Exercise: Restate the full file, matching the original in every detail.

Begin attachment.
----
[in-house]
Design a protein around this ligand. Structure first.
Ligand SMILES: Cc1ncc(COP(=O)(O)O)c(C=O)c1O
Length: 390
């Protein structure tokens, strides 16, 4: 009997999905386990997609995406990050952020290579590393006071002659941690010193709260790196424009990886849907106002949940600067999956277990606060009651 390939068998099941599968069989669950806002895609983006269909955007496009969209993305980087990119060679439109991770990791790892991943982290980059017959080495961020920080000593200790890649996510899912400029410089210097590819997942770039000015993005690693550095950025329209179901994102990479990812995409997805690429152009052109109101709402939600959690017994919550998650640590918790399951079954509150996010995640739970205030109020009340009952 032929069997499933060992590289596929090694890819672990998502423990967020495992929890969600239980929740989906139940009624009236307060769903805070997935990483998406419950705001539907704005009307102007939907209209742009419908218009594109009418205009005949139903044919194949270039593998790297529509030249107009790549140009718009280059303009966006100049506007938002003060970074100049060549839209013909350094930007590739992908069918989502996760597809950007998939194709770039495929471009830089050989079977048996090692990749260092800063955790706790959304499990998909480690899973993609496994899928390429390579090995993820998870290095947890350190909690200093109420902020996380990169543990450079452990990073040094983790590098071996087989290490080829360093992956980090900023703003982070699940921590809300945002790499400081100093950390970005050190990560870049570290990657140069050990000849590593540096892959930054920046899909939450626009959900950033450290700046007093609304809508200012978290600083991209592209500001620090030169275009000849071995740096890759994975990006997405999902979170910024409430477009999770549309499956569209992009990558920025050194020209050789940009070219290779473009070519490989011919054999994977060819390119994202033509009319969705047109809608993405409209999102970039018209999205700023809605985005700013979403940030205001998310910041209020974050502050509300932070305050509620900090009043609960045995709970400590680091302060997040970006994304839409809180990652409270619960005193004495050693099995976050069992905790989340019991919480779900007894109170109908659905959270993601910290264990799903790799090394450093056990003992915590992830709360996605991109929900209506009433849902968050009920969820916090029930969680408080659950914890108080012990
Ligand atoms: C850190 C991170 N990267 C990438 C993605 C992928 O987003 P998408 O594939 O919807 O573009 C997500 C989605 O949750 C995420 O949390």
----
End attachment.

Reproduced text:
[in-house]
Design a protein around this ligand. Structure first.
Ligand SMILES: Cc1ncc(COP(=O)(O)O)c(C=O)c1O
Length: 390
């Protein structure tokens, strides 16, 4: 009997999905386990997609995406990050952020290579590393006071002659941690010193709260790196424009990886849907106002949940600067999956277990606060009651 390939068998099941599968069989669950806002895609983006269909955007496009969209993305980087990119060679439109991770990791790892991943982290980059017959080495961020920080000593200790890649996510899912400029410089210097590819997942770039000015993005690693550095950025329209179901994102990479990812995409997805690429152009052109109101709402939600959690017994919550998650640590918790399951079954509150996010995640739970205030109020009340009952 032929069997499933060992590289596929090694890819672990998502423990967020495992929890969600239980929740989906139940009624009236307060769903805070997935990483998406419950705001539907704005009307102007939907209209742009419908218009594109009418205009005949139903044919194949270039593998790297529509030249107009790549140009718009280059303009966006100049506007938002003060970074100049060549839209013909350094930007590739992908069918989502996760597809950007998939194709770039495929471009830089050989079977048996090692990749260092800063955790706790959304499990998909480690899973993609496994899928390429390579090995993820998870290095947890350190909690200093109420902020996380990169543990450079452990990073040094983790590098071996087989290490080829360093992956980090900023703003982070699940921590809300945002790499400081100093950390970005050190990560870049570290990657140069050990000849590593540096892959930054920046899909939450626009959900950033450290700046007093609304809508200012978290600083991209592209500001620090030169275009000849071995740096890759994975990006997405999902979170910024409430477009999770549309499956569209992009990558920025050194020209050789940009070219290779473009070519490989011919054999994977060819390119994202033509009319969705047109809608993405409209999102970039018209999205700023809605985005700013979403940030205001998310910041209020974050502050509300932070305050509620900090009043609960045995709970400590680091302060997040970006994304839409809180990652409270619960005193004495050693099995976050069992905790989340019991919480779900007894109170109908659905959270993601910290264990799903790799090394450093056990003992915590992830709360996605991109929900209506009433849902968050009920969820916090029930969680408080659950914890108080012990
Ligand atoms: C850190 C991170 N990267 C990438 C993605 C992928 O987003 P998408 O594939 O919807 O573009 C997500 C989605 O949750 C995420 O949390």